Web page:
Preauricular Skin Tags or Ear Pits and Hearing Impairment

William T. Basco, Jr., MD, FAAP


May 11, 2009

Preauricular Skin Tags and Ear Pits Are Associated With Permanent Hearing Impairment in Newborns

Roth DA, Hildesheimer M, Bardenstein S, et al
Pediatrics. 2008;122:e884-890


Preauricular skin tags or ear pits (PSEPs) anterior to the external ear are generally considered minor anomalies. Partly as a result of mixed findings in studies, when isolated and not occurring in a child with obvious major malformations, preauricular skin tags have not been considered a symptom of increased risk for hearing impairment (HI).

This study was conducted at a single medical center in Israel. All newborns completed hearing screening with transient otoacoustic emissions. However, all newborns with PSEPs were considered "high risk" and therefore had confirmatory testing with auditory brainstem response regardless of nursery hearing screening results. This allowed the authors to determine the rates of HI associated with PSEPs, and the authors could determine how well nursery otoacoustic emissions screening identified these infants.

The authors defined HI as either uni- or bilateral, conductive or mixed, of greater than 25 dB. Of all infants tested, 0.93% had HI. Data were collected from 1997 to 2004, and 637 children were identified with PSEPs during the study period. Of these patients, 587 had PSEPs and no additional risk factors for HI. In this group, the rate of sensorineural or conductive HI was 0.34%.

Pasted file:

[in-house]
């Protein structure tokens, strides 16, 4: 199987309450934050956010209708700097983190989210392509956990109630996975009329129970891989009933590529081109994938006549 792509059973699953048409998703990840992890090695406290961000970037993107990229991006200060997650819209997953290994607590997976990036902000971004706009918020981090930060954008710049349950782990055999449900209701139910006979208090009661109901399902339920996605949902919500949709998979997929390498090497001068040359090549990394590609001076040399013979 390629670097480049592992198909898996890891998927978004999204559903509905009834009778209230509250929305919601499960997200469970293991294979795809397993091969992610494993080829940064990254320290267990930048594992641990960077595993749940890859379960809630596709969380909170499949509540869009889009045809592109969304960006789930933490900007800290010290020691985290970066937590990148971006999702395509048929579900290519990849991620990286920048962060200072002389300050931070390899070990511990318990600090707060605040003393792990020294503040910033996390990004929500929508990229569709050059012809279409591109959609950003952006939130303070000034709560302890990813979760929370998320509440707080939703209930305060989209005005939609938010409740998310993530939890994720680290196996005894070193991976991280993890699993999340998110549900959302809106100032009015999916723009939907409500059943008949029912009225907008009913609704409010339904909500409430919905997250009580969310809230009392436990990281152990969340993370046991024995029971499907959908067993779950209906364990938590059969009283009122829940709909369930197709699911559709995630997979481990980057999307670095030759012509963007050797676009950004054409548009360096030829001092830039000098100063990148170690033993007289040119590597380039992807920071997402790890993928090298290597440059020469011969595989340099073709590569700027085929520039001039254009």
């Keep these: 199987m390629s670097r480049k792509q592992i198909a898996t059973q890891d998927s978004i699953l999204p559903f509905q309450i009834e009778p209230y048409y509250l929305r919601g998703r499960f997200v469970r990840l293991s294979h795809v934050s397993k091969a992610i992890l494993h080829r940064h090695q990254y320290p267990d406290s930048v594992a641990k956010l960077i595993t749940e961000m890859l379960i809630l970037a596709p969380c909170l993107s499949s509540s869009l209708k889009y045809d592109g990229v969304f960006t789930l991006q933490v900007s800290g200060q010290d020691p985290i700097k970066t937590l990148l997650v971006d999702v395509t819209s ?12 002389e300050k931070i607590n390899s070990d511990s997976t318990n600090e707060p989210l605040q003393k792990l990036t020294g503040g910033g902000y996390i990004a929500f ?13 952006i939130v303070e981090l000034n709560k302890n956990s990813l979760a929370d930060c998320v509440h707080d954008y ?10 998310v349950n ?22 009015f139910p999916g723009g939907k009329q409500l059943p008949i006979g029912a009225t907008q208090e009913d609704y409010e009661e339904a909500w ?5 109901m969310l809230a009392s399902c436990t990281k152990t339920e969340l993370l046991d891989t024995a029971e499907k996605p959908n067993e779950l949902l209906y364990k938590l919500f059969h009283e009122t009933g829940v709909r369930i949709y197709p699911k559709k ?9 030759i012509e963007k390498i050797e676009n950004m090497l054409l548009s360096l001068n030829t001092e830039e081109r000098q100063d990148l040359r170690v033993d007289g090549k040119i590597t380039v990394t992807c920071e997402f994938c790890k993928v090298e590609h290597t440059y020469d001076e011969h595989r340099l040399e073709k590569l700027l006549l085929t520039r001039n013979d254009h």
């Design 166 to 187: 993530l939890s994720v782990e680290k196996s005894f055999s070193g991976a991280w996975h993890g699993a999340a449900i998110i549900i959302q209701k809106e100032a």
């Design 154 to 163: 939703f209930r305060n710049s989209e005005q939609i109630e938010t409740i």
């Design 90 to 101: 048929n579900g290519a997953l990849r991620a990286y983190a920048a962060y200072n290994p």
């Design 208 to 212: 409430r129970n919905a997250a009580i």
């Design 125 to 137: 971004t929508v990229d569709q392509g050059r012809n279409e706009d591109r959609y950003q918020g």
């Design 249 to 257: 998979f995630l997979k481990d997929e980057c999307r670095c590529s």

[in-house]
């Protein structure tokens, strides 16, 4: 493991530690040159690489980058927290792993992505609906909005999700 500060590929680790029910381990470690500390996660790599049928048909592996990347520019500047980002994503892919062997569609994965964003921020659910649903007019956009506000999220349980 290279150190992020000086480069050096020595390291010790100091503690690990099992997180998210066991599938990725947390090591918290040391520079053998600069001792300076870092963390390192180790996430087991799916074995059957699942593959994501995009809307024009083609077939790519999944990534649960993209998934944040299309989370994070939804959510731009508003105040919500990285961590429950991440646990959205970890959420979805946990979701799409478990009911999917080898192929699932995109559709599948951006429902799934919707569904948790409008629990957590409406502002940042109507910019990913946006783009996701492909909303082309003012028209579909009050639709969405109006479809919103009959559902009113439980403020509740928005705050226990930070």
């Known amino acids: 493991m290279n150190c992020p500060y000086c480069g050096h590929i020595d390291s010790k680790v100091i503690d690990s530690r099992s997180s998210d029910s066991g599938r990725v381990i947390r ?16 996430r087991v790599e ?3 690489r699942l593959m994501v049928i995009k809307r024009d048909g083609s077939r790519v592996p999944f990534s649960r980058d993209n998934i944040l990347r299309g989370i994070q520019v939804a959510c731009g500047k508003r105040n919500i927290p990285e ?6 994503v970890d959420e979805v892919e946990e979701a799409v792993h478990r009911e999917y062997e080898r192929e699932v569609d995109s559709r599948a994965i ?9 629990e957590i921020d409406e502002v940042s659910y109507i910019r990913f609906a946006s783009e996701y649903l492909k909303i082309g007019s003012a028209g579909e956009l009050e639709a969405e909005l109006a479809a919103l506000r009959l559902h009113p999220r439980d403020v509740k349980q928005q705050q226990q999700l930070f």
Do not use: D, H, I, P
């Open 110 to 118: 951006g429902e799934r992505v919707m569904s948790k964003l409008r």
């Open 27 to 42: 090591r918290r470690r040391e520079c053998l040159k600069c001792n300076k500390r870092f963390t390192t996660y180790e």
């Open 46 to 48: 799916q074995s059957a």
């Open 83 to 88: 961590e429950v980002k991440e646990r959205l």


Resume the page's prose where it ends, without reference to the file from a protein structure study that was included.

The rate of sensorineural or conductive HI in infants without PSEPs and without risk factors was 0.05%, producing an adjusted odds ratio of 6.7 (95% confidence interval [CI], 1.59-27.88) for HI in patients with PSEPs vs normal infants. In the group of 39 infants with PSEPs and additional risk factors for HI, the rate of sensorineural or conductive HI was 7.7%. The adjusted odds ratio for HI when compared with the group of infants with risk factors (but no PSEPs) was 4.1 (95% CI, 1.23-13.66). Finally, in a group of 11 infants with PSEPs and major malformations ("very high-risk" group), the rate of sensorineural or conductive HI was 91%.

The authors concluded that PSEPs are associated with an increased risk for HI regardless of risk stratum. Only one of the infants later identified with HI was not identified by the screening method of otoacoustic emissions.


I think that the take-home message of this study includes paying attention to what might be considered isolated physical findings. The 2007 Joint Committee on Infant Hearing statement lists ear pits as one of the physical findings associated with higher risk for HI.[1] However, the question remains as to what providers should do when they identify infants with such isolated anomalies. These data would suggest that routine newborn screening programs will identify the hearing impaired among these children, but perhaps additional clinical concern would help clinicians discover those who might present later with language delay or other signs of HI.



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